The opinion of the court was delivered by: WILLIAM C. CONNER
Loews Theatre Management Corp., LTM Holdings, Inc. ("Loews") and Sony Pictures Entertainment Inc. ("SPE" or "Tri-Star") move this Court to terminate insofar as they apply to Loews or Tri-Star: (1) the Consent Judgment entered against Loew's Incorporated on February 7, 1952 (the "1952 Loews Judgment" or the "Judgment");
(2) the Order entered on February 27, 1980, which, inter alia, modified and applied to Loews the so-called distributor conduct restrictions of the 1952 Loews Judgment to Loews (the "1980 Loews Order"); and (3) the Order entered on June 18, 1987 pertaining to Tri-Star's acquisition of Loews (the "1987 Tri-Star Order"), which, inter alia, requires Loews and Tri-Star, solely in their dealings with each other, to observe the distributor conduct restrictions set forth in Section V(2)-(9) of the 1980 Loews Order. (The 1952 Loews Judgment, the 1980 Loews Order, and the 1987 Tri-Star Order are sometimes hereinafter referred to in the aggregate as the "Loews Consent Judgment").
The United States has consented to the entry of an order terminating the Loews Consent Judgment and has submitted a legal memorandum in support of that result. For the reasons outlined below, the motion is granted.
In 1938, the Department of Justice brought an antitrust action against the five vertically-integrated firms that dominated production, distribution, and exhibition in the motion picture industry (the "majors") and the three firms engaged only in production and/or distribution (the "minors").
The proof at trial established that the five majors had, inter alia, engaged in a "horizontal" conspiracy to monopolize the exhibition business by foreclosing independent exhibitors from access to first-run films, and the minors acquiesced in that scheme. United States v. Paramount Pictures, Inc., 66 F. Supp. 323, 70 F. Supp. 53 (S.D.N.Y. 1946).
To remedy the adverse consequences of this conspiracy, the Supreme Court in United States v. Paramount Pictures Inc., 334 U.S. 131, 92 L. Ed. 1260, 68 S. Ct. 915, 77 U.S.P.Q. (BNA) 243 (1948), endorsed a host of distributor restrictions and, in addition, divestiture of the majors' theatre exhibition circuits. The Court concluded that the conspiracy among the majors "had monopoly in exhibition for one of its goals" and that the majors had colluded to grant favored access to each other's theatres for each other's films. 334 U.S. at 170-71.
On remand, the Department of Justice and the defendants ultimately negotiated the consent judgments which, inter alia: (1) resulted in the ordered divestiture of the Loew's theatre circuit from Loew's Incorporated, the distributor, through the formation of an independent New Theatre Company, and imposed certain conduct and other operating restrictions on New Theatre Company's exhibition activities (1952 Loews Judgment, Sections III and VI), and (2) as to the distributor, Loew's Incorporated, enjoined it from certain enumerated distribution practices. (1952 Loews Judgment, Section II, 1-8). The New Theatre Company became known as Loews Theatres, Inc. ("LTI"). Loew's Incorporated changed its name to Metro-Goldwyn-Mayer, Inc. ("MGM"), and continued as a producer and distributor, but not exhibitor, of motion pictures.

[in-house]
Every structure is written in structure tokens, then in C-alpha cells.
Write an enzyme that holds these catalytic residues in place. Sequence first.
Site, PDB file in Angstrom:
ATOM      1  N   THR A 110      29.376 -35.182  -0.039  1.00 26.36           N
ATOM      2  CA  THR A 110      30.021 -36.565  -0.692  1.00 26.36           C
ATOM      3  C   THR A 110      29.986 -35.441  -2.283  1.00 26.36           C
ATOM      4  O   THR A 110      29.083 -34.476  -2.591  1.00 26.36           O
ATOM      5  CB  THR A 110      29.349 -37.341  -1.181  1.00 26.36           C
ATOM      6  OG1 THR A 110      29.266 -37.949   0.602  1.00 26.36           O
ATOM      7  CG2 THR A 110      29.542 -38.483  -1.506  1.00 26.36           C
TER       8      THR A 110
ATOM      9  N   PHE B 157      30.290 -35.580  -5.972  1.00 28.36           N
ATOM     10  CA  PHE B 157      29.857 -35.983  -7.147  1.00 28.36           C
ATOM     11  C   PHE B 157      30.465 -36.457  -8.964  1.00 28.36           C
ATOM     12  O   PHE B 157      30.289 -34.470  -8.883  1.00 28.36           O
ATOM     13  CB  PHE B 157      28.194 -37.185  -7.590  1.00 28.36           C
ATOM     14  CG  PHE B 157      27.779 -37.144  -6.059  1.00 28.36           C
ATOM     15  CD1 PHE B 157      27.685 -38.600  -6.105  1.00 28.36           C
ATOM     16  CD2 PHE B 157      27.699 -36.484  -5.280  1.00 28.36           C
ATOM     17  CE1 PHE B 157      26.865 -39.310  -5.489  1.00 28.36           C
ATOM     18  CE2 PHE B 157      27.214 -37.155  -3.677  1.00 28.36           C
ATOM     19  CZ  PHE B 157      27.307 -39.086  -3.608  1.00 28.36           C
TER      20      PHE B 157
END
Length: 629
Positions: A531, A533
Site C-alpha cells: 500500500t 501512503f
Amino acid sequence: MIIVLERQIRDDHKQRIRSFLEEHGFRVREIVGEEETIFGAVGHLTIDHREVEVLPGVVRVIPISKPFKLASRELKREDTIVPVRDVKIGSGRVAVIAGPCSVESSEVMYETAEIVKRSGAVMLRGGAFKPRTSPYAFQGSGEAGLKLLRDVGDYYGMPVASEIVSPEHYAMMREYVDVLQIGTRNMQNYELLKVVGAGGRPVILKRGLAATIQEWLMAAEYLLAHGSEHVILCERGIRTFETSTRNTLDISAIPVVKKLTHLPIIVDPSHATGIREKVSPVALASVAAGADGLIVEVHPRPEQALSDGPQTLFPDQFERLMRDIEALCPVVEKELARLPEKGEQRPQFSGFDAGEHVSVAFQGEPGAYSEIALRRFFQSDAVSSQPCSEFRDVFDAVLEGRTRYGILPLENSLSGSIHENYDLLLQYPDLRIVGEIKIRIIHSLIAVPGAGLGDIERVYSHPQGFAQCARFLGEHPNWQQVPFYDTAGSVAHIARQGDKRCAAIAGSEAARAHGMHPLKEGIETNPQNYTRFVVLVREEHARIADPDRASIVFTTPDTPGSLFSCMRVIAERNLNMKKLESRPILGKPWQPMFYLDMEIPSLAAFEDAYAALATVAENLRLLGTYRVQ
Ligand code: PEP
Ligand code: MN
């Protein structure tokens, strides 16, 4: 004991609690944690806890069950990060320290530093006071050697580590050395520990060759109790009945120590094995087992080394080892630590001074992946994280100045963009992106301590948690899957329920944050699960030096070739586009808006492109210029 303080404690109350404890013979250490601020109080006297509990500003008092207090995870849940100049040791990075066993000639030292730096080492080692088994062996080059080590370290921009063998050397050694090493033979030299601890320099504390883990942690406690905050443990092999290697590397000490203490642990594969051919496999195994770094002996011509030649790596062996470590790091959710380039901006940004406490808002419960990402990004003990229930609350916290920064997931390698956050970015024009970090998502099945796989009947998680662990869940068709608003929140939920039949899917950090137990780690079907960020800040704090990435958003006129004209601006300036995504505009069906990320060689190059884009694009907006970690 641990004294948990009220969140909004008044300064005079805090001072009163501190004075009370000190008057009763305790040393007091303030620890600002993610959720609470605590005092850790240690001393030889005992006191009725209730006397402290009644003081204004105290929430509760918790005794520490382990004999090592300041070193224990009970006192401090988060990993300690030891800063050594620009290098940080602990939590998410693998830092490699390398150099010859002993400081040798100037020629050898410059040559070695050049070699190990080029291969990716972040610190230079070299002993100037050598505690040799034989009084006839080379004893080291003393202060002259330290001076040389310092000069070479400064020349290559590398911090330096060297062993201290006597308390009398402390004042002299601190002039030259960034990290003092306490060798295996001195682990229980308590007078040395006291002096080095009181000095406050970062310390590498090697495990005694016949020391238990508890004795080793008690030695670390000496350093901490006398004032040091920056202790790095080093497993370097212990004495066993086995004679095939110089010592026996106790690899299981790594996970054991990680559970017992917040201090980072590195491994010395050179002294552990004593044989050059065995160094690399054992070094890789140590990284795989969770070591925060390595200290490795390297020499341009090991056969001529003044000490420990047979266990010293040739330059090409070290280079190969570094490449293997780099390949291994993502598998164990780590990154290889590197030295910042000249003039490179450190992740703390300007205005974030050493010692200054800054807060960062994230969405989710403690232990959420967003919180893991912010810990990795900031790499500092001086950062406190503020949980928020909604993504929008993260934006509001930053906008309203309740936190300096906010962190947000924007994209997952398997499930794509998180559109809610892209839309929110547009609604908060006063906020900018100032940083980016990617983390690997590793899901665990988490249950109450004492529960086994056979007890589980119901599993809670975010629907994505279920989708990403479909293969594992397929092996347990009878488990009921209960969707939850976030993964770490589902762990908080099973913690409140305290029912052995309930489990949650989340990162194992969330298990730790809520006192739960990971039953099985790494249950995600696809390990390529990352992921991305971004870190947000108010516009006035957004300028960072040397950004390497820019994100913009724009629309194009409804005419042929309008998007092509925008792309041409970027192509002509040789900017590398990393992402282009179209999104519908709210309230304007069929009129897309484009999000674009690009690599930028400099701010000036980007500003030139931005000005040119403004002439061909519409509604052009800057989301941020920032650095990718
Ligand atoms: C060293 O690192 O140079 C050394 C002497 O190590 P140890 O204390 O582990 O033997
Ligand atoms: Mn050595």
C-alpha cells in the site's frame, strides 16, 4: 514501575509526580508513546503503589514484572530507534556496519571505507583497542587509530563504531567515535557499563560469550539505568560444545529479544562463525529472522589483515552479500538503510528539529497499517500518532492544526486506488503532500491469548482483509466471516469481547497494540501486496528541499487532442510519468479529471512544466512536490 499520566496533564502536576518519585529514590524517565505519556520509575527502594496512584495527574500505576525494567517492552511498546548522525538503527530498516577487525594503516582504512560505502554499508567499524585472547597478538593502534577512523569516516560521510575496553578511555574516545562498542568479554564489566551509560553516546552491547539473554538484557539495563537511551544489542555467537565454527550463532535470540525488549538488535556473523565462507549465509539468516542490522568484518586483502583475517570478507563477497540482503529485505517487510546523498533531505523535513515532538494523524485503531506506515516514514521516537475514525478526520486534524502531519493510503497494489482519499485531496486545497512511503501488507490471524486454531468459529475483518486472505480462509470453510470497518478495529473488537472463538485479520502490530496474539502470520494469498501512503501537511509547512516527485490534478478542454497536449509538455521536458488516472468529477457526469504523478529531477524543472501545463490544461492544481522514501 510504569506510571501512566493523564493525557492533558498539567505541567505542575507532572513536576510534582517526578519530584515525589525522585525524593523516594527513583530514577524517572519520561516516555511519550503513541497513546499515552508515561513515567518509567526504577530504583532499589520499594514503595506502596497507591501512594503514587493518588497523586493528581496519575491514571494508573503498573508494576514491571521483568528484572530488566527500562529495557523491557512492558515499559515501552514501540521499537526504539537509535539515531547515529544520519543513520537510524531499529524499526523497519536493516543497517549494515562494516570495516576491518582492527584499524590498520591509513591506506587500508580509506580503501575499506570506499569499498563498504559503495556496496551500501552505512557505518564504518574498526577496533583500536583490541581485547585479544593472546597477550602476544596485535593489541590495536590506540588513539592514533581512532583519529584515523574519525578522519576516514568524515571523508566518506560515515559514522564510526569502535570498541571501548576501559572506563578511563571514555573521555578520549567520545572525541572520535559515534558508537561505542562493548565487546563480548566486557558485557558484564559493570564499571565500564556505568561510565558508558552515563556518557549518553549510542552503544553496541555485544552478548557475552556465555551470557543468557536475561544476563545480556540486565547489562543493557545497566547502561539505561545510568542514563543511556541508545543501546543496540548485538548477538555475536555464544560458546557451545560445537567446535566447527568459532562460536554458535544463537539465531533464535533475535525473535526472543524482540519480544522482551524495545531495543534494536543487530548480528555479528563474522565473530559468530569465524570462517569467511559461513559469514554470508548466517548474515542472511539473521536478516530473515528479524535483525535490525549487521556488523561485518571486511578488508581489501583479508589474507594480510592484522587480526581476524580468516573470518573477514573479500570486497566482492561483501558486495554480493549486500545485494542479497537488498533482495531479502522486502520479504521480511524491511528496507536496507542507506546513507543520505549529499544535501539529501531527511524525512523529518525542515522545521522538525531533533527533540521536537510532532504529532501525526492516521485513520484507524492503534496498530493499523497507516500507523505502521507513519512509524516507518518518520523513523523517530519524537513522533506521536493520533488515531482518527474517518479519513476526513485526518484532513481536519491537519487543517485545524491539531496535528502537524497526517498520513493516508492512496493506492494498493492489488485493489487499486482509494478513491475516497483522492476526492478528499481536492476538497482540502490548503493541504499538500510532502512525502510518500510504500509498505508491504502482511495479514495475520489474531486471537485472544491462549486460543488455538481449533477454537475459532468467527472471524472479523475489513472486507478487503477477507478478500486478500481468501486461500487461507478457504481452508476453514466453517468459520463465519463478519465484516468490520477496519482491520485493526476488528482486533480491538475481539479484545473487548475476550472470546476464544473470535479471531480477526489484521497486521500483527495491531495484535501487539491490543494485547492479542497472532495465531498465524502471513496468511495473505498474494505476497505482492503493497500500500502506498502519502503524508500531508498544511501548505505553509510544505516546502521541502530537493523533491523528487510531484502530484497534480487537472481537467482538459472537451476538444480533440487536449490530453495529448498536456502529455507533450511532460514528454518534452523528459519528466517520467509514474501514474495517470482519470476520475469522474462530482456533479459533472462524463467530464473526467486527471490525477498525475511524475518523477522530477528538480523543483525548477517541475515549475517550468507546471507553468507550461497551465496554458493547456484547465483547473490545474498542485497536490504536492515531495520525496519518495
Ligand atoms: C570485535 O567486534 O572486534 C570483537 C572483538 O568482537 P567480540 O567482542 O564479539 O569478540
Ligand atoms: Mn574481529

In 1980, as a condition for being permitted to enter into motion picture distribution, Loews was required, inter alia, to accept the distributor conduct restrictions to which Loew's Incorporated (MGM) was subject. (1980 Loews Order, Section V).
In 1987, as a condition for being permitted to acquire the Loews theatre circuit, Tri-Star, then a recent entrant into production and distribution of motion pictures, was required in its dealings with Loews to abide by the conduct restrictions imposed on the Paramount defendants. (1987 Tri-Star Order, Section III).
This Court has jurisdiction to modify or terminate the 1952 Loew's Judgment pursuant to Section X of that Judgment, Rules 60(b)(5) and (6) of the Federal Rules of Civil Procedure, and "principles inherent in the jurisdiction of the chancery." United States v. Swift & Co., 286 U.S. 106, 114, 76 L. Ed. 999, 52 S. Ct. 460 (1932).
Where, as here, the United States consents to the proposed termination of the judgment in a Government antitrust case, the issue before the Court is whether termination of the judgment is "in the public interest." United States v. Swift & Co., 1975-1 Trade. Cas. para. 60,201, at 65,702 (N.D. Ill. 1975); see also United States v. General Motors Corp., 1983-2 Trade Cas. para. 65, 614 (N.D. Ill. Aug. 15, 1983). This is the same standard that a district court applies in deciding whether to enter an initial consent decree submitted by the Government in an antitrust proceeding. See 15 U.S.C. § 16(e); United States v. AT&T, 552 F. Supp. 131, 147 n.67 (D.D.C. 1982), aff'd sub nom. Maryland v. United States, 460 U.S. 1001, 75 L. Ed. 2d 472, 103 S. Ct. 1240 (1983).
The Supreme Court has held that where the words "public interest" appear in federal statutes designed to regulate public sector behavior, they "take meaning from the purposes of the regulatory legislation." NAACP v. FPC, 425 U.S. 662, 669, 96 S. Ct. 1806, 48 L. Ed. 2d 284 (1976); see also System Federation No. 91 v. Wright, 364 U.S. 642, 651, 5 L. Ed. 2d 349, 81 S. Ct. 368 (1961). 8). The purpose of the antitrust laws, the "regulatory legislation" involved here, is to protect ...